New Castle County; Rhone-poulenc Inc.; Zeneca, Inc. v. Halliburton Nus Corp, 116 F.3d 82 (3d Cir. 1997)Annotate this Case
Prior report: 111 F.3d 1116.
Present: SLOVITER, Chief Judge, BECKER, STAPLETON, MANSMANN, GREENBERG, SCIRICA, COWEN, NYGAARD, ALITO, ROTH, LEWIS, and McKEE, Circuit Judges, and DUPLANTIER, District Judge.*
The petition for rehearing filed by appellants in the above entitled case having been submitted to the judges who participated in the decision of this court and to all other available circuit judges of the circuit in regular active service, and no judge who concurred in the decision having asked for rehearing, and a majority of the circuit judges of the circuit in regular active service not having voted for rehearing by the court in banc, the petition for rehearing is denied. Judge Roth would have granted rehearing.**
STATEMENT OF JUDGE ROTH
I voted for rehearing in banc because of what I perceive as the unnecessary breadth of this opinion. I agree that the appellant, New Castle County, is a potentially responsible person and is in effect seeking contribution from Halliburton NUS. I agree that a claim for contribution must be brought under § 113(f) (1), rather than under § 107(a) (4) (B). I agree that, for this reason, New Castle County is not entitled to the longer statute of limitations period available under § 107. My concern here is the language at page 1124:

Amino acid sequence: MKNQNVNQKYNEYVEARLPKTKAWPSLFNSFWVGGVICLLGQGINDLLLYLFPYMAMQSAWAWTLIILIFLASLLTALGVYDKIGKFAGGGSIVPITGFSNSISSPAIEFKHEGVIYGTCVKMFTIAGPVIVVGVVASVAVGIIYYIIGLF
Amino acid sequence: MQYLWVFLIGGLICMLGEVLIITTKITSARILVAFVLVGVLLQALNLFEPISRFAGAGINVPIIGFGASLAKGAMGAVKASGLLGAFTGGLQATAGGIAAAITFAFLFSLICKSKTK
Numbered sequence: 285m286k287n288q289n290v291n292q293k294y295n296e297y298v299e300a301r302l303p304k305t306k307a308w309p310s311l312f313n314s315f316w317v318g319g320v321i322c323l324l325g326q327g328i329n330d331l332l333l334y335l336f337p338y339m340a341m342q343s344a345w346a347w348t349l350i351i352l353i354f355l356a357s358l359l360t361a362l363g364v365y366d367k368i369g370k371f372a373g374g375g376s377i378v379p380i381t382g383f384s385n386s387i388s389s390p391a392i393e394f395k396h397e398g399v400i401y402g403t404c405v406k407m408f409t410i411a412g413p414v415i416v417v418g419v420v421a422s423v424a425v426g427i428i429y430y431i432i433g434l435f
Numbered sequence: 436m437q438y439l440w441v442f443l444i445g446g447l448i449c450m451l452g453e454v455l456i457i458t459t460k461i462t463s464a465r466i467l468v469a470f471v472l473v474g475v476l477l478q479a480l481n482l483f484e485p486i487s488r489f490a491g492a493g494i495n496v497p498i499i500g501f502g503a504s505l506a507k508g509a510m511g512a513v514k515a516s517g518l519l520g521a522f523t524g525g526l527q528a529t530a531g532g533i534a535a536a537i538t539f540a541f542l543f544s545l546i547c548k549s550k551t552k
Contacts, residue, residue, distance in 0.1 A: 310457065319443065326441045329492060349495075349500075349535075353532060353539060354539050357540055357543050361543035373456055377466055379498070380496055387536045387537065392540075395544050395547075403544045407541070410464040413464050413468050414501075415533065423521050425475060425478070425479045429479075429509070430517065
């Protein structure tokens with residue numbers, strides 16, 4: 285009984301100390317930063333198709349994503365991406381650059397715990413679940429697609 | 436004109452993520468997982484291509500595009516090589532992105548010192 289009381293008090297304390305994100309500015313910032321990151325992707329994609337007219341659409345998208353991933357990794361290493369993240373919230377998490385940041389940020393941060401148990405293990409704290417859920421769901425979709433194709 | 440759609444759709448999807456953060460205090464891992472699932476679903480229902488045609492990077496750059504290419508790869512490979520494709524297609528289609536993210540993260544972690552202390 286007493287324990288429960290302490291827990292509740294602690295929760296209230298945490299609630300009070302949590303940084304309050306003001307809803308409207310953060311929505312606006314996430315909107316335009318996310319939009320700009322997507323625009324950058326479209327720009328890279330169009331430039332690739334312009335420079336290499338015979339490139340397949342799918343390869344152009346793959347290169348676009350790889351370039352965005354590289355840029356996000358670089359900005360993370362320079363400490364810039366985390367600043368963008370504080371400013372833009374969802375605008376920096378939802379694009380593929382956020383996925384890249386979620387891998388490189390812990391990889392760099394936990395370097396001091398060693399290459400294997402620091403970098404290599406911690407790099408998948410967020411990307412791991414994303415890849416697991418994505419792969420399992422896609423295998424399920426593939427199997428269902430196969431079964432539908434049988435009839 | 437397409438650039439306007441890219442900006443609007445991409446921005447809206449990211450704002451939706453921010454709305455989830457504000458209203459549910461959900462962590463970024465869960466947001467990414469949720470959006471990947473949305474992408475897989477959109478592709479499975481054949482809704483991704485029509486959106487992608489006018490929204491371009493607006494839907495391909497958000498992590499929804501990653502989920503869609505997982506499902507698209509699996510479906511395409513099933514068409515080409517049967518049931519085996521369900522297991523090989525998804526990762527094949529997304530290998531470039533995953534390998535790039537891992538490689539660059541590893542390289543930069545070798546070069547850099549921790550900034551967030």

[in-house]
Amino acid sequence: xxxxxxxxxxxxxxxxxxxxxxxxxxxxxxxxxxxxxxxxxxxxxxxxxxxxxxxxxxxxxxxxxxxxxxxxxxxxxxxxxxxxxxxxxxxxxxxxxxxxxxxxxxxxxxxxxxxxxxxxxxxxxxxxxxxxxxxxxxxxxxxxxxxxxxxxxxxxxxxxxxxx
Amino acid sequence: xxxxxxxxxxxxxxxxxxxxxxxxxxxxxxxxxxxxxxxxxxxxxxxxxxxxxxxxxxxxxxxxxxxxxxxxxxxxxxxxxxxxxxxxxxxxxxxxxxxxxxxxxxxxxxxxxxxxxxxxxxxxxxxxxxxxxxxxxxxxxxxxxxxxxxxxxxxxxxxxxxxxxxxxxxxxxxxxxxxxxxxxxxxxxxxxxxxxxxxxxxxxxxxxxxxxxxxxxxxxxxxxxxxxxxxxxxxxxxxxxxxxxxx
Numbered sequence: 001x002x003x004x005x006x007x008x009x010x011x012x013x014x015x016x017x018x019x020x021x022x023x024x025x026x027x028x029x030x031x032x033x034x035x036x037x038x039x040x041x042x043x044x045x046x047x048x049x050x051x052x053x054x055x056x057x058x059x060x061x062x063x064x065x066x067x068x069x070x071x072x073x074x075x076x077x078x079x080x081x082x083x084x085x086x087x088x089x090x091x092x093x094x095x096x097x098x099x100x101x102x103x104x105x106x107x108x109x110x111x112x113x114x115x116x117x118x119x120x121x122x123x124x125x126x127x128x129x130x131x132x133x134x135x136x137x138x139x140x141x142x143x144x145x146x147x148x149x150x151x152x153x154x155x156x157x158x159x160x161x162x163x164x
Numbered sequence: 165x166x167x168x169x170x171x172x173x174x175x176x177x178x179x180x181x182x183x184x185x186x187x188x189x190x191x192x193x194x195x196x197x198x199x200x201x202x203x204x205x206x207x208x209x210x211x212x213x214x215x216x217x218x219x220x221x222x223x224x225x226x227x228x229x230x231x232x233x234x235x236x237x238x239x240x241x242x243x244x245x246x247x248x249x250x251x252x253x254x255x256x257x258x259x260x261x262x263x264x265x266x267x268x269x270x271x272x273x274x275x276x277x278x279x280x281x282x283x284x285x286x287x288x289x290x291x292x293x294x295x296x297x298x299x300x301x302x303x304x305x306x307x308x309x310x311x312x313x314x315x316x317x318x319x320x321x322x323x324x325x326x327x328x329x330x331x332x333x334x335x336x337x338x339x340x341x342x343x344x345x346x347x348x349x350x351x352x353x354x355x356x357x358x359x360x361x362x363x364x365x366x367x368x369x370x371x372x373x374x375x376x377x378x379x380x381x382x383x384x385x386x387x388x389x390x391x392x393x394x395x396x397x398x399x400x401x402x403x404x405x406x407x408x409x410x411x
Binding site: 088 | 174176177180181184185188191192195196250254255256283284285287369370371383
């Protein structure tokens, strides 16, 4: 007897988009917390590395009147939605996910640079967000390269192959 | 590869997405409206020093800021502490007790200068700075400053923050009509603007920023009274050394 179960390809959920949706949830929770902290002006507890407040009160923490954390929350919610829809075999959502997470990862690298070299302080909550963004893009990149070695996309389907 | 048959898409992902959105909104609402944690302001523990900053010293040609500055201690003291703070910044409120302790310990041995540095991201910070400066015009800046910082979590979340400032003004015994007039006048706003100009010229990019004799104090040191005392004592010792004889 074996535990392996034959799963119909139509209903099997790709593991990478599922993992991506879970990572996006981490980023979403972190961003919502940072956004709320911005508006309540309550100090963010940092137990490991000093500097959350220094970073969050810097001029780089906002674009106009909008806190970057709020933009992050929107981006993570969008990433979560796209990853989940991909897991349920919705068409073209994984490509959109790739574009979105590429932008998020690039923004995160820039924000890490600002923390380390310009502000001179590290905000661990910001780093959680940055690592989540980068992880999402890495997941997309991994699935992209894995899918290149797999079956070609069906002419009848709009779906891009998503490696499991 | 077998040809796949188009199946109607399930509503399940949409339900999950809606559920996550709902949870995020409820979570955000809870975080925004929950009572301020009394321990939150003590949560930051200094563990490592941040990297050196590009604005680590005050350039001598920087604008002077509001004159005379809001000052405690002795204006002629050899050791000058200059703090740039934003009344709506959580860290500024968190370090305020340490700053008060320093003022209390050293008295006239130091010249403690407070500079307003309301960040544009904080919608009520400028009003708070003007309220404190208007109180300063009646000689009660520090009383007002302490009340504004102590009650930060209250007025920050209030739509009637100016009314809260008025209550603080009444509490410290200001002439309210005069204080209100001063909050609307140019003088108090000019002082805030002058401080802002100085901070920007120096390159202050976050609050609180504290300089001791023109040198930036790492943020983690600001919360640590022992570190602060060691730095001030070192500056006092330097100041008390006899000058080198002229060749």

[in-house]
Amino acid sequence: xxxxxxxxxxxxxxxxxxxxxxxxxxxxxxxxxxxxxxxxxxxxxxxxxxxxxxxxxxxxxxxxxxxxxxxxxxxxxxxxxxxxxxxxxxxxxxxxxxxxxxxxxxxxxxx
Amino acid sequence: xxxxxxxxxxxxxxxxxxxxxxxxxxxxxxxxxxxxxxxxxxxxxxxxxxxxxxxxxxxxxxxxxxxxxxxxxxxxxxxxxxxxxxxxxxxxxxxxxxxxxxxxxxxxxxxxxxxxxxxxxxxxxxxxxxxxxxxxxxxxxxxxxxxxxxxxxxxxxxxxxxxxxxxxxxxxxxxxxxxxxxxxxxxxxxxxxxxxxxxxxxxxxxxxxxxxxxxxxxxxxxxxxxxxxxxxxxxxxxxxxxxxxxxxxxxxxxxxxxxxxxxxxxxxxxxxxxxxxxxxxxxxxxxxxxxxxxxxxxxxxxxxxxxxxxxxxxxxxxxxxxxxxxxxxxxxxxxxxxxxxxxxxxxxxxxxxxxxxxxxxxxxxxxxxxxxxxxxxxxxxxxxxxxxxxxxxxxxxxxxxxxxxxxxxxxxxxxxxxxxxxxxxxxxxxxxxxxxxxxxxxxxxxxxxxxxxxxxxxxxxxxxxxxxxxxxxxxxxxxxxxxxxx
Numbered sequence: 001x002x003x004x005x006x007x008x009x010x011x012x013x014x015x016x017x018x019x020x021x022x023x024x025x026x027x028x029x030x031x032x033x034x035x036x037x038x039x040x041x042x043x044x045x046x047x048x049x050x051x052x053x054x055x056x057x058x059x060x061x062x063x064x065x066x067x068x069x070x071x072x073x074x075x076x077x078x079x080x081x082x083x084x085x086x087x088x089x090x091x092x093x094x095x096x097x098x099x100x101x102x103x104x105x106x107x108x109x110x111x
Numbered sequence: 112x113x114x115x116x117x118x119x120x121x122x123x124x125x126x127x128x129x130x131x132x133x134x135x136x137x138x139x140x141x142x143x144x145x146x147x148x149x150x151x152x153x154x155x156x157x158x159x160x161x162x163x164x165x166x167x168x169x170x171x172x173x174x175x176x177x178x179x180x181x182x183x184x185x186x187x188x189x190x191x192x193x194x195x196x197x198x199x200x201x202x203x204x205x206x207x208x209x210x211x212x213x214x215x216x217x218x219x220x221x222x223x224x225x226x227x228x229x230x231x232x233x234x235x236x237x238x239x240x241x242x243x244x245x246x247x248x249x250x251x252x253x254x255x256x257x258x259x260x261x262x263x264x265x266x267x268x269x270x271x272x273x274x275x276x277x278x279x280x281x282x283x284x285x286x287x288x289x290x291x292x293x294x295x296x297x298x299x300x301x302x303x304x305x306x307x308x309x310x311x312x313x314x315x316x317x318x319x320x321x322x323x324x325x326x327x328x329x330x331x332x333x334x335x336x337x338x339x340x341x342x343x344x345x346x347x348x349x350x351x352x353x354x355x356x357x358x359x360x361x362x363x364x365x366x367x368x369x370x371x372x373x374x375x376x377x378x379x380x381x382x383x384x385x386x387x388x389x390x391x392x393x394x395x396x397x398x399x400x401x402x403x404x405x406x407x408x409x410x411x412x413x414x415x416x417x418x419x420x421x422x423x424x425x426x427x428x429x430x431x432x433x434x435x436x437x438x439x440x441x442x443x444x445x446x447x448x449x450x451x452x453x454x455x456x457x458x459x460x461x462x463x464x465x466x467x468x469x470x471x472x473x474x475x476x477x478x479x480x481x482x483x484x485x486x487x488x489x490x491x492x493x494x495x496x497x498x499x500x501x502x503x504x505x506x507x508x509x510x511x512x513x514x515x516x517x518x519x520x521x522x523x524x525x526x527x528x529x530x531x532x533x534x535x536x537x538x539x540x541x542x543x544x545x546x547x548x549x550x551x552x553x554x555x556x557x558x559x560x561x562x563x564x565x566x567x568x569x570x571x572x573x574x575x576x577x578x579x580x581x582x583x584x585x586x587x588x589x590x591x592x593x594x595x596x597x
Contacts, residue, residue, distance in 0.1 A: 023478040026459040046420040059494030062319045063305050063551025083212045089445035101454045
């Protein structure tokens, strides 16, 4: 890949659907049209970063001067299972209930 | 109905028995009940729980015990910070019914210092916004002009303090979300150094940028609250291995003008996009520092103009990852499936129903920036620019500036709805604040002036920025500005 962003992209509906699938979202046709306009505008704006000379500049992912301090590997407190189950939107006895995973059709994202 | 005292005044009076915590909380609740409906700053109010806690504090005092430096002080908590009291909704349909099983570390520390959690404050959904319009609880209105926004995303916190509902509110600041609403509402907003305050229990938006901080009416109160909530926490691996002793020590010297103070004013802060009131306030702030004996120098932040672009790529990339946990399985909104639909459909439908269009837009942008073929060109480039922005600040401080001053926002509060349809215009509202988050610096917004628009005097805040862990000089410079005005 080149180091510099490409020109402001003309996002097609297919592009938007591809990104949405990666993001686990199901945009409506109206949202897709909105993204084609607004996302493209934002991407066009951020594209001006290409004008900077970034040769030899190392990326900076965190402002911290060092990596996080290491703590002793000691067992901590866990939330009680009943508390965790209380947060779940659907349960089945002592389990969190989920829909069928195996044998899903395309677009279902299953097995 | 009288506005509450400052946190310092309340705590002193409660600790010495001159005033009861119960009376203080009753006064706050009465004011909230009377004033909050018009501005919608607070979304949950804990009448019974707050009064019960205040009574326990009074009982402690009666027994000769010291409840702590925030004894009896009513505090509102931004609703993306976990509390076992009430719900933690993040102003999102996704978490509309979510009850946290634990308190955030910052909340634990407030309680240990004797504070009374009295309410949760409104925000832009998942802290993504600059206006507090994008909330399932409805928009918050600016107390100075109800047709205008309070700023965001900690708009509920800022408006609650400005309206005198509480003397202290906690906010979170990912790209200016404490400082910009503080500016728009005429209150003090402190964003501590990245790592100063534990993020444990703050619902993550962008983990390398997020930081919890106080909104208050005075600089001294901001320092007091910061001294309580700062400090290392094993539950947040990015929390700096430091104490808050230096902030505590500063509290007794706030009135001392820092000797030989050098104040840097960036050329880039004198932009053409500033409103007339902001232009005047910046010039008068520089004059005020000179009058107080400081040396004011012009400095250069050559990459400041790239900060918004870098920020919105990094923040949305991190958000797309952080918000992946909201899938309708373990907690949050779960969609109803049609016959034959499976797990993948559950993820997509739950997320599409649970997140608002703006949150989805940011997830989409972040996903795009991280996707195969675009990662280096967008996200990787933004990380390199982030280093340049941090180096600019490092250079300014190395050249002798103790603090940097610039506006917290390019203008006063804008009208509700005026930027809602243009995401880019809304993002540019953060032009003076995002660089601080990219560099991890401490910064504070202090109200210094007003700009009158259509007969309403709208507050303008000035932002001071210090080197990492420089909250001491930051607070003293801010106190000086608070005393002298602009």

We do not decide under what circumstances a private individual may rely on section 107, or whether we endorse any of the exceptions for "innocent" landowners suggested by our sister courts. It is sufficient that we decide that a potentially responsible person under section 107(a), who is not entitled to any of the defenses enumerated under section 107(b), may not bring a section 107 action against another potentially responsible person.
I do not believe that this broad assertion, precluding all recovery to non-innocent landowners under § 107(a) (4) (B), is necessary in the present case. I would limit the holding to state that a potentially responsible person cannot use § 107(a) (4) (B) to try to resuscitate a lapsed claim for contribution.
I do not believe that my concern is isolated. The Seventh Circuit has recognized that a not-so-innocent party, a party not entitled to the § 107(b) defenses, might still be entitled to bring a direct action under § 107(a) (4) (B). See AM Int'l, Inc. v. Datacard Corp., 106 F.3d 1342, 1347 (7th Cir. 1997) (permitting a "little less 'innocent' " landowner, who had presumably paid less for the property because it knew it was buying into a cleanup, to pursue response costs under § 107(a) (4) (B)). I can envisage other situations where contribution has been precluded, perhaps because one of the potentially responsible parties has been relieved of liability to the United States by a discharge in bankruptcy, but where another potentially responsible party should still be permitted to recover direct costs under § 107(a) (4) (B). My vote for rehearing reflects my concern for the interpretation that this opinion may be given.